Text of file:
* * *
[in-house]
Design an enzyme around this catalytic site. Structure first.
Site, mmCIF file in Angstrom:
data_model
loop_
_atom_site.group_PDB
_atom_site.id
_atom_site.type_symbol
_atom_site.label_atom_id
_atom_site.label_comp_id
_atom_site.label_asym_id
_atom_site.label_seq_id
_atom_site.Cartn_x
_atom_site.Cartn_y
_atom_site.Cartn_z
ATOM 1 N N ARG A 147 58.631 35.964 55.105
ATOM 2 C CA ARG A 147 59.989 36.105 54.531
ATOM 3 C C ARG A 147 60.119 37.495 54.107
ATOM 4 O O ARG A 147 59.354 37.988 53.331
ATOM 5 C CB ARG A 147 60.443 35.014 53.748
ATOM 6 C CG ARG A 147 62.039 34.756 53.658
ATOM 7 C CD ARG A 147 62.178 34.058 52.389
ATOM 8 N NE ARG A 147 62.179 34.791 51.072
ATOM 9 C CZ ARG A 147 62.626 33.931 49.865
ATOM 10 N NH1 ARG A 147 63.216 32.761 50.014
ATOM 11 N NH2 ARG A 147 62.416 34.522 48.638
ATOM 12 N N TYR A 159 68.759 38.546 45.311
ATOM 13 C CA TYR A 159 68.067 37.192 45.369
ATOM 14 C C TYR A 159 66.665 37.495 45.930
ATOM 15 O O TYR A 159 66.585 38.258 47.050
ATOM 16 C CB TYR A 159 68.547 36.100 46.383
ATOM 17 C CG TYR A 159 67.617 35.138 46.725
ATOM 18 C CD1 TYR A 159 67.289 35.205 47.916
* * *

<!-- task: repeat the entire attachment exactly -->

[in-house]
Design an enzyme around this catalytic site. Structure first.
Site, mmCIF file in Angstrom:
data_model
loop_
_atom_site.group_PDB
_atom_site.id
_atom_site.type_symbol
_atom_site.label_atom_id
_atom_site.label_comp_id
_atom_site.label_asym_id
_atom_site.label_seq_id
_atom_site.Cartn_x
_atom_site.Cartn_y
_atom_site.Cartn_z
ATOM 1 N N ARG A 147 58.631 35.964 55.105
ATOM 2 C CA ARG A 147 59.989 36.105 54.531
ATOM 3 C C ARG A 147 60.119 37.495 54.107
ATOM 4 O O ARG A 147 59.354 37.988 53.331
ATOM 5 C CB ARG A 147 60.443 35.014 53.748
ATOM 6 C CG ARG A 147 62.039 34.756 53.658
ATOM 7 C CD ARG A 147 62.178 34.058 52.389
ATOM 8 N NE ARG A 147 62.179 34.791 51.072
ATOM 9 C CZ ARG A 147 62.626 33.931 49.865
ATOM 10 N NH1 ARG A 147 63.216 32.761 50.014
ATOM 11 N NH2 ARG A 147 62.416 34.522 48.638
ATOM 12 N N TYR A 159 68.759 38.546 45.311
ATOM 13 C CA TYR A 159 68.067 37.192 45.369
ATOM 14 C C TYR A 159 66.665 37.495 45.930
ATOM 15 O O TYR A 159 66.585 38.258 47.050
ATOM 16 C CB TYR A 159 68.547 36.100 46.383
ATOM 17 C CG TYR A 159 67.617 35.138 46.725
ATOM 18 C CD1 TYR A 159 67.289 35.205 47.916